Advertisement

Theory and Decision

, Volume 81, Issue 2, pp 213–253 | Cite as

Counting votes in coupled decisions

An efficient method for counting votes in coupled decisions with multiple inequality restrictions
  • Andreas Wendemuth
  • Italo Simonelli
Article
  • 111 Downloads

Abstract

We consider scenarios with distributed decision processes, e.g., coupled majorities and personal union in parliament chambers, supranational decisions and supervisory boards. When computing the adoption rate for reaching a decision in these scenarios, multiple linear inequality restrictions in combinatorial countings are present. These rates cannot be computed in closed form. We introduce a general method for incorporating multiple inequality conditions in multiple majority decisions, which significantly reduces the number of involved summations and removes restrictions on the summation indices. Exact solutions are provided through (a) integral representations which can be evaluated numerically, and (b) unrestricted, contracted sums over discrete events. Further, we provide methods to reduce the number of necessary summations by splitting or recurring the original problem to easier sub-problems. For five dedicated scenarios, full results are given which indeed require a single unrestricted summation only.

Keywords

Coupled decisions Double counting methods Multiple restricted majorities Personal union Voting game  Social choice 

Notes

Acknowledgments

One of us (A. Wendemuth) acknowledges continued support by the Transregional Collaborative Research Centre SFB/TRR 62 “Companion-Technology for Cognitive Technical Systems” (www.sfb-trr-62.de) funded by the German Research Foundation (DFG).

References

  1. Abramowitz, M., & Stegun, C. (1972). Handbook of Mathematical Functions with Formulas, Graphs, and Mathematical Tables; “Beta Function” §6.2. New York: Dover.Google Scholar
  2. Aigner, M., Ziegler, A., & Guenter, M. (1998). Proofs from THE BOOK. New York: Springer.CrossRefGoogle Scholar
  3. Australian Constitution Act—Sect 128 (1977). http://www.austlii.edu.au/au/legis/cth/consol_act/coaca430/s128.html.
  4. Banzhaf, J. F, III. (1965). Weighted voting doesn’t work: A mathematical analysis. Rutgers Law Review, 19(2), 317343.Google Scholar
  5. Brams, S. J. (2013). Game Theory and Politics. Mineola: Courier.Google Scholar
  6. Brandenburger, A. (2007). Cooperative Game Theory. New York University. http://www.uib.cat/depart/deeweb/pdi/lbm/arxius_decisions_and_games/cooperative_game_theory-brandenburger.
  7. Canada Constitution Act—Part V, 38 (1982). www.legislation.gov.uk/ukpga/1982/11.
  8. Coleman, S. (1971). Control of collectives and the power of a collectivity to act. In Bernhardt Lieberman (Ed.), Social Choice (Vol. 135, pp. 192–225). New York: Gordon and Breach.Google Scholar
  9. Deegan, J., & Packel, E. W. (1978). A new index of power for simple n-person games. International Journal of Game Theory, 7(2), 113123.CrossRefGoogle Scholar
  10. German Condominium Act (2014). (Bundesrepublik Deutschland—Wohnungseigentumsgesetz) §22 Abs. 2 https://dejure.org/gesetze/WEG.
  11. Gould, H. W. (2010). Formula (5.1). In J. Quaintance (Ed.), Manuscript Notebooks of H. W. Gould (1945-1990), vol 6. (pp. 20) http://www.math.wvu.edu/~gould/Vol.6.PDF.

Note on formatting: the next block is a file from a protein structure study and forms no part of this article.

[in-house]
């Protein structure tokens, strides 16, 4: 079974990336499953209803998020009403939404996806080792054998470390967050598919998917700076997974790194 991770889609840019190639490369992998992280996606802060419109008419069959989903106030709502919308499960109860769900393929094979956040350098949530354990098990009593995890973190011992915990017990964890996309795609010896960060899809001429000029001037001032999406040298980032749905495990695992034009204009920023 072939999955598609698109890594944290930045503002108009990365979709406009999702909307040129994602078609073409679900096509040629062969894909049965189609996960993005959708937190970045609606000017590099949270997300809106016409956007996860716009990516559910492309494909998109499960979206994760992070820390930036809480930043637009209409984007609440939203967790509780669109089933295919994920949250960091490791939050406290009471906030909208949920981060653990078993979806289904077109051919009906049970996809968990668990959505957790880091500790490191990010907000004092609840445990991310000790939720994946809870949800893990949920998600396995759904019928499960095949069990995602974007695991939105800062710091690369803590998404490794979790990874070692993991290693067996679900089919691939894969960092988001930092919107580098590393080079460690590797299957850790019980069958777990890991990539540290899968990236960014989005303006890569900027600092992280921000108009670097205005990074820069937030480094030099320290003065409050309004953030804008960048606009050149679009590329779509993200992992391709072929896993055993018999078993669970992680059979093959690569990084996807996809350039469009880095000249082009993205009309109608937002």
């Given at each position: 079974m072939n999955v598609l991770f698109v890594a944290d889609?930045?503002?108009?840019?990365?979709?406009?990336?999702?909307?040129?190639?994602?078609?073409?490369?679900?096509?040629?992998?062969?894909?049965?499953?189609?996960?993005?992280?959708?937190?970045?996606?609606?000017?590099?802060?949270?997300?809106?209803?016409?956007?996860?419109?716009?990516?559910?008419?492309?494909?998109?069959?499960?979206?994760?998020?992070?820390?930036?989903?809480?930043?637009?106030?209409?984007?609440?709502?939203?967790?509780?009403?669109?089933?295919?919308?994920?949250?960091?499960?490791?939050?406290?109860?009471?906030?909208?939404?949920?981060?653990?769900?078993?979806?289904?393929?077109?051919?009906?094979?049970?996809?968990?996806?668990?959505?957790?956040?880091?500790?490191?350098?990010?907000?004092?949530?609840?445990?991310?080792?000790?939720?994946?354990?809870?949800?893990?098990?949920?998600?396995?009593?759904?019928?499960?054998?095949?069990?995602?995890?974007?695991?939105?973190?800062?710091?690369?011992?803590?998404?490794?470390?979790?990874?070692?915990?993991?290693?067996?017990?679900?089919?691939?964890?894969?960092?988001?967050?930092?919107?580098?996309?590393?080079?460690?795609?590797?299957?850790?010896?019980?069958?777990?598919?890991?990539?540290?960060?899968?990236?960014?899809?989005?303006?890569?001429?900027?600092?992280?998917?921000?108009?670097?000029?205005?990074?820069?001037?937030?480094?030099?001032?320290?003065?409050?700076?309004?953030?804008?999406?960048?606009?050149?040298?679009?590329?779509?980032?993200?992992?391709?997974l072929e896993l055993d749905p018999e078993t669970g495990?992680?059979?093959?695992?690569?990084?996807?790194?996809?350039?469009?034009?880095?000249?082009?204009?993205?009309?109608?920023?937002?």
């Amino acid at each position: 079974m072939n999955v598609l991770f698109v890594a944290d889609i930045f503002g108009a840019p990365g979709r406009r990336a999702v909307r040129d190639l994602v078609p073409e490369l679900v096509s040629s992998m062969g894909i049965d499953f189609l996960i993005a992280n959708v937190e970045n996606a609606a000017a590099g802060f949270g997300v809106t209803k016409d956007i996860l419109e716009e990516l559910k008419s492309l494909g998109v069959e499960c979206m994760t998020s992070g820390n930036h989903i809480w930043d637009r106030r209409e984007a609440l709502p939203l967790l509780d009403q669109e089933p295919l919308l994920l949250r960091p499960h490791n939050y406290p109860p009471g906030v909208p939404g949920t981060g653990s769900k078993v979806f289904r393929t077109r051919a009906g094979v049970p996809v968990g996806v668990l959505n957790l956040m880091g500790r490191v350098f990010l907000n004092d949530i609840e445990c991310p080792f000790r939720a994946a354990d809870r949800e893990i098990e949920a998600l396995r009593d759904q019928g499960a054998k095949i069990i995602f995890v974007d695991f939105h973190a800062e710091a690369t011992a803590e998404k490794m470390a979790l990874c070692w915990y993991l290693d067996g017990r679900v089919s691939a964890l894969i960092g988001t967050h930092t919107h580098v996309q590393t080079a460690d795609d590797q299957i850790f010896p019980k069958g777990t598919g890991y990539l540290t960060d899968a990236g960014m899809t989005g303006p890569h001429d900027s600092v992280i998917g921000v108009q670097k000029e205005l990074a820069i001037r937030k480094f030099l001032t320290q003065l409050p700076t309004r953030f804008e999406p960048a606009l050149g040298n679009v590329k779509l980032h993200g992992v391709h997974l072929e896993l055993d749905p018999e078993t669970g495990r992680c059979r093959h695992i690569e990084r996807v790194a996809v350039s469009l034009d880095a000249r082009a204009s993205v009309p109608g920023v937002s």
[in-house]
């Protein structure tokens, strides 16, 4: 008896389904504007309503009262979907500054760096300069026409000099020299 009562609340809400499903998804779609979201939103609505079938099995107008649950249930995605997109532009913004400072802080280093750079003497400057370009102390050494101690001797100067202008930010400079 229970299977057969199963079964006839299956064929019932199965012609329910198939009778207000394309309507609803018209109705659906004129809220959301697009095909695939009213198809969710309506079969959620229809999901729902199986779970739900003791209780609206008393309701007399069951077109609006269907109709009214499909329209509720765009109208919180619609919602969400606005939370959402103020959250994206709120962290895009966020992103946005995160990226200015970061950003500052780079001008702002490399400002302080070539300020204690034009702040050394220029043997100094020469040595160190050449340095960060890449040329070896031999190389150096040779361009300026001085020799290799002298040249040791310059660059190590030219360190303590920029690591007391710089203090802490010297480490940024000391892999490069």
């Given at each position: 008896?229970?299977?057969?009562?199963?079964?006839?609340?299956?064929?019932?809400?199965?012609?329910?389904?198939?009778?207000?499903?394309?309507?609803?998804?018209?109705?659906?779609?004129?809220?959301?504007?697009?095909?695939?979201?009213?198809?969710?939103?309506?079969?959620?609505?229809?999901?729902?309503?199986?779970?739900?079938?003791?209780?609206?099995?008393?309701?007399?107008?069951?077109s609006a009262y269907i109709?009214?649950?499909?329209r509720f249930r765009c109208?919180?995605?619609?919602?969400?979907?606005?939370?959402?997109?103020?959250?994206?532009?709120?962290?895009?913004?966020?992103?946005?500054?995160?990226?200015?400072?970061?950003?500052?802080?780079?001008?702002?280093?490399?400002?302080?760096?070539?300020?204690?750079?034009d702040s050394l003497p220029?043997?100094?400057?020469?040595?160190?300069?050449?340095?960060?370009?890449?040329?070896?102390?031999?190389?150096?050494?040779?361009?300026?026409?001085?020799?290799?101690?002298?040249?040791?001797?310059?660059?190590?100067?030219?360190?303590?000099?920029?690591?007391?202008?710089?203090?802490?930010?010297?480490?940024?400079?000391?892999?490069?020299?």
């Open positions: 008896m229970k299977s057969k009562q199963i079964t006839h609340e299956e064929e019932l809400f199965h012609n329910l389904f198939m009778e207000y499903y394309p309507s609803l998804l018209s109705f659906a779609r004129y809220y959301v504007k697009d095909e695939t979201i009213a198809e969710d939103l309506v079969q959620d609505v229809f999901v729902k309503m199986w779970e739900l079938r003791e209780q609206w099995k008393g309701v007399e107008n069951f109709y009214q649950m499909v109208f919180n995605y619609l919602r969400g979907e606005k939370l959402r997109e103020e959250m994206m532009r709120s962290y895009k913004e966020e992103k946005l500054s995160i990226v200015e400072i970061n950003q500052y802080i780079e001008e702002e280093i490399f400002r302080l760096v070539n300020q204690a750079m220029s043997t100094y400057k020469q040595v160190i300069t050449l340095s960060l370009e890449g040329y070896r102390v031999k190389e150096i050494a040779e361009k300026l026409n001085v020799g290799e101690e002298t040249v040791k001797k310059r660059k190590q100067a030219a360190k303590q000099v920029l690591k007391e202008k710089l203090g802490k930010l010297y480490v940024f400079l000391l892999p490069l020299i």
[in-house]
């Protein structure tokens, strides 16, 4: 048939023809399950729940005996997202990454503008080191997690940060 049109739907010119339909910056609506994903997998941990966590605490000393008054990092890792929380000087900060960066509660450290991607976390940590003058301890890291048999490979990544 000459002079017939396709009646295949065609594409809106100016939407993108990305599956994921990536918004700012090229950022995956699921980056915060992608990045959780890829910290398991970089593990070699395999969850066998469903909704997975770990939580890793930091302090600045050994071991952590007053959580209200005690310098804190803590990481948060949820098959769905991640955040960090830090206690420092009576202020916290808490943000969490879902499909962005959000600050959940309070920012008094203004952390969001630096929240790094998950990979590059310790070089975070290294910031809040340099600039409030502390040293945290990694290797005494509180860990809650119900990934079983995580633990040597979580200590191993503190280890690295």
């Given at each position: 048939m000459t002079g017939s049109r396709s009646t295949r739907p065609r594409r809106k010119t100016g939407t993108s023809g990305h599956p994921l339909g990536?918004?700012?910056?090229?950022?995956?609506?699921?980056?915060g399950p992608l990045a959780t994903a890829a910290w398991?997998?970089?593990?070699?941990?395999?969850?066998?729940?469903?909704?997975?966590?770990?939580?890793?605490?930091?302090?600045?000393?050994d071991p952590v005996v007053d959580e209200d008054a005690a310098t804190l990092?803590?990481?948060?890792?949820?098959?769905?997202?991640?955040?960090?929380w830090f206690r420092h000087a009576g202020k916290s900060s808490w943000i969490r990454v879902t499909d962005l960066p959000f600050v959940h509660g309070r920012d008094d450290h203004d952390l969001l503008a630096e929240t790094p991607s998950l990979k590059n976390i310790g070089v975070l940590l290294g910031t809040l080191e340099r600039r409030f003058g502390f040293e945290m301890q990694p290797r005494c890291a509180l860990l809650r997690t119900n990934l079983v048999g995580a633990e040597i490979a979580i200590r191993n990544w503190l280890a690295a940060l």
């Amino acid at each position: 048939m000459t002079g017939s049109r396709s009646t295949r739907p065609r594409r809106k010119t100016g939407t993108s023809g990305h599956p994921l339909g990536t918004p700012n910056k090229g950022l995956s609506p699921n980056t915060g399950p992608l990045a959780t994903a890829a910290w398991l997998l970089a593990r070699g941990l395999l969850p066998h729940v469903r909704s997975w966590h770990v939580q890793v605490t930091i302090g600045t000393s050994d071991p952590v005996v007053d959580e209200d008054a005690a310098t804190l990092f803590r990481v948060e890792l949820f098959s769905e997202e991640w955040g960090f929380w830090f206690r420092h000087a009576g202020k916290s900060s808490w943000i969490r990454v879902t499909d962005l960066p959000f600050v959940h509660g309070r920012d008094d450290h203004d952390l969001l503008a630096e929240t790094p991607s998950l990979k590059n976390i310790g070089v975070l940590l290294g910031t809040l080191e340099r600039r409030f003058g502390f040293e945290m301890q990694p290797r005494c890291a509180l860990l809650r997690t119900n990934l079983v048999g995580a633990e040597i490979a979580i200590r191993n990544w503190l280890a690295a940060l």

12. Graham, R., Knuth, D., & Patashnik, O. (1989). Concrete Mathematics. Reading: Addison-Wesley.Google Scholar
  13. Hodge, J. K., & Klima, R. E. (2005). The Mathematics of Voting and Elections: A Hands-on Approach. Mathematical World, vol. 22. Providence: American Mathematical Society.CrossRefGoogle Scholar
  14. Holler, M. J., & Packel, E. W. (1983). Power, luck and the right index. Journal of Economics, 43(1), 2129.CrossRefGoogle Scholar
  15. Houy, N. (2009). A characterization of majority voting rules with quorums. Theory and Decision, 67(3), 295–301.CrossRefGoogle Scholar
  16. Lex Abs (1965). Aktiengesetz vom 6. September 1965. In Bundesgesetzblatt (Deutschland) I, vol 48 (p. 1089). Deutschland: Bundesministerium der Justiz.Google Scholar
  17. Lisbon Treaty (2007). Treaty of Lisbon amending the Treaty on European Union and the Treaty establishing the European Community, signed at Lisbon, 13 December 2007. In Official Journal of the European Union, vol. 50 (p. C306/1). Publications Office of the European Union.Google Scholar
  18. Penrose, L. S. (1946). The elementary statistics of majority voting. Journal of the Royal Statistical Society, 109(1), 5357.CrossRefGoogle Scholar
  19. Petkovs̆ek, M., Wilf, H., & Zeilberger, D. (1996). A=B. Wellesley: Peters.Google Scholar
  20. Petkovs̆ek, M., & Wilf, H. (1997). When can the sum \((1/p)\)th of the binomial coefficients have closed form? The electronic journal of combinatorics, 42, 1–7.Google Scholar
  21. Shapley, L. S., & Shubik, M. (1954). A method for evaluating the distribution of power in a committee system. American Political Science Review, 48(3), 787–792.CrossRefGoogle Scholar
  22. Swiss Constitution (1999). Federal Constitution of the Swiss Confederation - Art. 142, http://www.admin.ch/ch/d/sr/c101.html.
  23. Wendemuth, A., & Simonelli, I. (2013). Majority decisions in overlapping committees and asymptotic size of dichotomies. SIAM Journal on Discrete Mathematics, 26(4), 1537–1549.CrossRefGoogle Scholar

Copyright information

© Springer Science+Business Media New York 2016

Authors and Affiliations

  1. 1.Cognitive Systems Group, Faculty of Electrical Engineering and Information TechnologyOtto-von-Guericke University MagdeburgMagdeburgGermany
  2. 2.Department of Mathematics and Computer ScienceMcDaniel CollegeWestminsterUSA

Personalised recommendations